In fiscal 2008, revenues were at 7,710 million yen ($68 million USD). This figure steadily declined through fiscal 2012 down to 6,012 million yen ($53 million USD). The company had a sizeable business outside of the Shikoku and Chugoku regions, mainly in Tokyo, Osaka, and Nagoya, which had weakened.

Then in late fiscal 2012, Crie Anabuki signed a five year deal with Cecile Business and Staffing (subsidiary of today’s Dinos Cecile, online clothing retailer) to manage its 3 logistics facilities. The company setup Crie LogiPlus Inc (90% Crie Anabuki ownership) to handle the work, and this is now the bulk of the Outsourcing segment. The original five year contract period is already up and the contract is renewed annually now. Dinos Cecile has accounted for over 20% of company revenues since fiscal 2013.

Around the same time Crie Anabuki signed the Dinos Cecile deal, the company decided to refocus its efforts in the Shikoku and Chugoku regions, the company’s home turf. The Staffing and Outsourcing segments have more or less stabilized since.

Source: historical company filings


It’s an interesting time for Crie Anabuki to leverage its regional brand. For the first time in mid-2016, the jobs to applicants ratio went above 1.0 in all 47 Japanese prefectures. The level of labor shortage is particularly severe in metropolitan areas like Tokyo, Nagoya, and Osaka, where Crie Anabuki effectively pulled out of.

With that said, Kagawa prefecture, the company’s home turf, has the 11th highest jobs to applicants ratio as of September 2018. Moreover, Crie Anabuki is targeting two key types of workers:

  1. Workers that went out to one of the big cities and wants to make a “U turn” back to the peaceful countryside (i.e., Shikoku and Chugoku regions).
  2. Mothers that want to get back into the workforce, but not necessarily on a full-time basis.

Crie Anabuki is paying special attention to mothers looking to get back into the workforce. In fact, all 9 of its branch offices have a kids area (Japanese) so mothers can comfortably talk to Crie Anabuki staff without looking for a babysitter.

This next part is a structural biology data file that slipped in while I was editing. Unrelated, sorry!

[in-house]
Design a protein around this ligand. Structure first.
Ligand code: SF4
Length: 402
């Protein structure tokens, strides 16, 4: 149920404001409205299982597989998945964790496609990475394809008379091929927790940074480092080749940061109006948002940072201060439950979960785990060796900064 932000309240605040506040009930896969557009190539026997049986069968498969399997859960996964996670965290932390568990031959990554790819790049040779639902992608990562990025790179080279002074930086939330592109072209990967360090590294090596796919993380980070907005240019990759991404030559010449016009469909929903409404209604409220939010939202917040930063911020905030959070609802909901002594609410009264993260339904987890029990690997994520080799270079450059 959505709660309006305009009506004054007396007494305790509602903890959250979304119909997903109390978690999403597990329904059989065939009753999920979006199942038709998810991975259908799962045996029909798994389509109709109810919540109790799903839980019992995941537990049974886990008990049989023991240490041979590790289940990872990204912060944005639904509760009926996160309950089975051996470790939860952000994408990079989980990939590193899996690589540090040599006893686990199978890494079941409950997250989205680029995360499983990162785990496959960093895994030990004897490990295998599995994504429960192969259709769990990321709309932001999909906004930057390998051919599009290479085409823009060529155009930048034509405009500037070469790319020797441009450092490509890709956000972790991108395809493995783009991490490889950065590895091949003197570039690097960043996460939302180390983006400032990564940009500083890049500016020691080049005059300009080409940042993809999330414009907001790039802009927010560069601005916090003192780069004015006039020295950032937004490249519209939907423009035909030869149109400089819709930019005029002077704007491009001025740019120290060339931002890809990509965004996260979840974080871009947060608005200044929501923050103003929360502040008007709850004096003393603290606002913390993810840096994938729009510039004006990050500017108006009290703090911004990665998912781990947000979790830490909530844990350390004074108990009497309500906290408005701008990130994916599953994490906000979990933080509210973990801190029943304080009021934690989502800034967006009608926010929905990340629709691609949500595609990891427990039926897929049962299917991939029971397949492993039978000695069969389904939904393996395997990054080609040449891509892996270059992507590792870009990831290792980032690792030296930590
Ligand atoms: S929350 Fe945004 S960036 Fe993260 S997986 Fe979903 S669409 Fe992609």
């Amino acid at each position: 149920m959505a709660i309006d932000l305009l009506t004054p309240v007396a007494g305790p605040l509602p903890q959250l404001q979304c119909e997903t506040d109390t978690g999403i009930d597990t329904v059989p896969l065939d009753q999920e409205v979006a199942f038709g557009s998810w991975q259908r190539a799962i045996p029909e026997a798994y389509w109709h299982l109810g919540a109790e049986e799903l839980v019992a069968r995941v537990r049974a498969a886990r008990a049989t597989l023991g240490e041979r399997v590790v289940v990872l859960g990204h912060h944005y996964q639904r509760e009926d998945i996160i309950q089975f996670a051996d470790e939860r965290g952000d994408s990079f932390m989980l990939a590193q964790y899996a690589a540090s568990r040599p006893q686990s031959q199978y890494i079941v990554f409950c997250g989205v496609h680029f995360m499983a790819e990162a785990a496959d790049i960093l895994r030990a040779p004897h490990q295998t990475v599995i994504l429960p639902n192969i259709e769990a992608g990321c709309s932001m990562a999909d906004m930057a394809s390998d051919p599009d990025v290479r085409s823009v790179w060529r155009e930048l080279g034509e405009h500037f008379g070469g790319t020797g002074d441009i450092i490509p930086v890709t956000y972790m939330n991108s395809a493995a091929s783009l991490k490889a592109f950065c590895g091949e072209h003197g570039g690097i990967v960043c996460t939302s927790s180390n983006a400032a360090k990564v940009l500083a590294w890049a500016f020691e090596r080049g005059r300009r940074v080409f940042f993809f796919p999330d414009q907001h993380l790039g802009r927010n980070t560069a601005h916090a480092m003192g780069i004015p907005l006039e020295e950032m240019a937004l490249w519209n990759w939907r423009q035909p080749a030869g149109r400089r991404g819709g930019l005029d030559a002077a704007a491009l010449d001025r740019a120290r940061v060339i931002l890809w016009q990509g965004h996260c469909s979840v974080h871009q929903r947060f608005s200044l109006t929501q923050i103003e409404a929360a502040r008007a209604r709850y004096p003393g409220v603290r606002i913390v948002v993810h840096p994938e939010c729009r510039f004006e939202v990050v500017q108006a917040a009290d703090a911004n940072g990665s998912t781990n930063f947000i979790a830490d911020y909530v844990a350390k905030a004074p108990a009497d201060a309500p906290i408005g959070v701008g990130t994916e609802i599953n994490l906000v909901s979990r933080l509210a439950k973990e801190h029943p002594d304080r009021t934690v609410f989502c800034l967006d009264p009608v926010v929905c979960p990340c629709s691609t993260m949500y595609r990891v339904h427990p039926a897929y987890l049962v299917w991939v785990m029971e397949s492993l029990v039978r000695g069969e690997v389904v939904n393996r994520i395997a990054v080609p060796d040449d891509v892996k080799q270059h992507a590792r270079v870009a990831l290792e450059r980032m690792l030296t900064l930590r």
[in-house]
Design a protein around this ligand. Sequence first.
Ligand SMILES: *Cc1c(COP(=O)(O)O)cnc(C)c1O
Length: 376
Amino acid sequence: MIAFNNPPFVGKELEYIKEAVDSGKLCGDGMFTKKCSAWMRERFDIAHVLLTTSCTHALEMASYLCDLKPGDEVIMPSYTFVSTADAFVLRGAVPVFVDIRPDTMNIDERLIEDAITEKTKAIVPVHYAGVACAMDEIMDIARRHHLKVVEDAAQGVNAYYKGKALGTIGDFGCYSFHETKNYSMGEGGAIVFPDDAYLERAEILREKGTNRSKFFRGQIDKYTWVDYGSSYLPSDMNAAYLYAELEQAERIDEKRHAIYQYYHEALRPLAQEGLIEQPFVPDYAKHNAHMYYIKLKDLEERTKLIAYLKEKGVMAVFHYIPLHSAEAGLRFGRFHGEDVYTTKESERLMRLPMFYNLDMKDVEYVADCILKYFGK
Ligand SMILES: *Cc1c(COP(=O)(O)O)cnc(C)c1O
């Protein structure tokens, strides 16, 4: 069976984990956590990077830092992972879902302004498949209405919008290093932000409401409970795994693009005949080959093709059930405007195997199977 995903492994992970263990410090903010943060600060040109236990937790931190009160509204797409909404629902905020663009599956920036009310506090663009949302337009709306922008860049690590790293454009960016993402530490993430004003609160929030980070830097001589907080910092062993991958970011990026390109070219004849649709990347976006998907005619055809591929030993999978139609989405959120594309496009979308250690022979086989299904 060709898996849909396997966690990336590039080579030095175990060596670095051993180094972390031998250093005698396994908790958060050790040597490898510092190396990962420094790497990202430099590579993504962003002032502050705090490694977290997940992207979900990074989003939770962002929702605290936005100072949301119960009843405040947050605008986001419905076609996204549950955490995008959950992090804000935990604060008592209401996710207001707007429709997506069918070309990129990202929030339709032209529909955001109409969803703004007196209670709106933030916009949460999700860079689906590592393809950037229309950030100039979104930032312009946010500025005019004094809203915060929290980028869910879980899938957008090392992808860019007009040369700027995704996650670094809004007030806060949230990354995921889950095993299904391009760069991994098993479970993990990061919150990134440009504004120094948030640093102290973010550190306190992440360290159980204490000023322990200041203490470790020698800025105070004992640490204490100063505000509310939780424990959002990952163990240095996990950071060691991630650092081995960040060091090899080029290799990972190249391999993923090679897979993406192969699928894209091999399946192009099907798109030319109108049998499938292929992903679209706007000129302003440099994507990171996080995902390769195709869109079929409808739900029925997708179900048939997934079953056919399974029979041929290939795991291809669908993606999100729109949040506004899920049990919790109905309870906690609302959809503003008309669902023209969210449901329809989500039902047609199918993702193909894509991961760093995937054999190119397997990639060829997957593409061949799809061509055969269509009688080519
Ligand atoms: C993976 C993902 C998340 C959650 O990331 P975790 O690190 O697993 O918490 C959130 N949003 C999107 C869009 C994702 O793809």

Moreover, Anabuki Kosan recently partnered with Mama Square (Japanese), a Tokyo based company focused on providing workspaces alongside kids areas for mothers. Crie Anabuki will be opening its first Mama Square location (Japanese) within its headquarters in Takamatsu, Kagawa prefecture on December 3rd, 2018.

Source: Crie Anabuki website


While Japan’s aging and declining population is common knowledge, its shortage of daycare facilities probably isn’t. In fact, bringing women back into the workforce has been part of Prime Minister Shinzo Abe’s “womenomics” plan for Japan. So far, womenomics has delivered mixed results, but in terms of the number of women aged between 25 and 44 actively involved in the workforce (regardless of the job role), there appears to be some improvement:

Source: Gender Equality Bureau Cabinet Office (Japanese)


Even with the improvement in employment rate, there is still considerable room for further improvement. There is no way of telling how well Crie Anabuki’s Mama Square tie up would perform, but it seems to be a sensible way to leverage Anabuki’s regional brand given Anabuki Kosan’s history in real estate and Crie Anabuki’s core business of human resource services.


Management Guidance

With the first Crie Anabuki Mama Square franchise opening on December 3rd, 2018, the impact on company financials ought to be trivial. This venture will be reporting in the Outsourcing segment as the company plans to take on outsourced administrative work.

Crie Anabuki’s fiscal period ends in March. For fiscal 2019, management is guiding the following: